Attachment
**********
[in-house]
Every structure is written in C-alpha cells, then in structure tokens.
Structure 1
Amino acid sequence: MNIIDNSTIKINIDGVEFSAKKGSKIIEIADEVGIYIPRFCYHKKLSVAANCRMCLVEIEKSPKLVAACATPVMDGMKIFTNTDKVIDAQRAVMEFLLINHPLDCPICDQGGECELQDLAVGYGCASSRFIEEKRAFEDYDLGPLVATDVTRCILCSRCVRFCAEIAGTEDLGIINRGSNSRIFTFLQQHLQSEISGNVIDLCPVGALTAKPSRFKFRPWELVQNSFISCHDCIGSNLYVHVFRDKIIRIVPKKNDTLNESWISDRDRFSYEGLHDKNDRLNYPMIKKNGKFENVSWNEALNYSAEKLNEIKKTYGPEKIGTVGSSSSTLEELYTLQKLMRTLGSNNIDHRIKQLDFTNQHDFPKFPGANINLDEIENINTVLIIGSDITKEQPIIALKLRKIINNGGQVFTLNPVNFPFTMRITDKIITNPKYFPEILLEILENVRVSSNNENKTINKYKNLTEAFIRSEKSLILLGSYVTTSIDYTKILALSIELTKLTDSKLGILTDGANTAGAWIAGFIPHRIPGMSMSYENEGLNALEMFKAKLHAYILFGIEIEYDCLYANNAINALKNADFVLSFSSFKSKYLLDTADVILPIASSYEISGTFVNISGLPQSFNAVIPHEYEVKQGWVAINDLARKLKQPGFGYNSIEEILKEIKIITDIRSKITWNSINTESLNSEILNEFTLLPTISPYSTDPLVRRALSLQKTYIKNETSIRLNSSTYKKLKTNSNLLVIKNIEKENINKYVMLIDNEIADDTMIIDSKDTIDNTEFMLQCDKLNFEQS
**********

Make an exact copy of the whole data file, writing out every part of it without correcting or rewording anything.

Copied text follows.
[in-house]
Every structure is written in C-alpha cells, then in structure tokens.
Structure 1
Amino acid sequence: MNIIDNSTIKINIDGVEFSAKKGSKIIEIADEVGIYIPRFCYHKKLSVAANCRMCLVEIEKSPKLVAACATPVMDGMKIFTNTDKVIDAQRAVMEFLLINHPLDCPICDQGGECELQDLAVGYGCASSRFIEEKRAFEDYDLGPLVATDVTRCILCSRCVRFCAEIAGTEDLGIINRGSNSRIFTFLQQHLQSEISGNVIDLCPVGALTAKPSRFKFRPWELVQNSFISCHDCIGSNLYVHVFRDKIIRIVPKKNDTLNESWISDRDRFSYEGLHDKNDRLNYPMIKKNGKFENVSWNEALNYSAEKLNEIKKTYGPEKIGTVGSSSSTLEELYTLQKLMRTLGSNNIDHRIKQLDFTNQHDFPKFPGANINLDEIENINTVLIIGSDITKEQPIIALKLRKIINNGGQVFTLNPVNFPFTMRITDKIITNPKYFPEILLEILENVRVSSNNENKTINKYKNLTEAFIRSEKSLILLGSYVTTSIDYTKILALSIELTKLTDSKLGILTDGANTAGAWIAGFIPHRIPGMSMSYENEGLNALEMFKAKLHAYILFGIEIEYDCLYANNAINALKNADFVLSFSSFKSKYLLDTADVILPIASSYEISGTFVNISGLPQSFNAVIPHEYEVKQGWVAINDLARKLKQPGFGYNSIEEILKEIKIITDIRSKITWNSINTESLNSEILNEFTLLPTISPYSTDPLVRRALSLQKTYIKNETSIRLNSSTYKKLKTNSNLLVIKNIEKENINKYVMLIDNEIADDTMIIDSKDTIDNTEFMLQCDKLNFEQS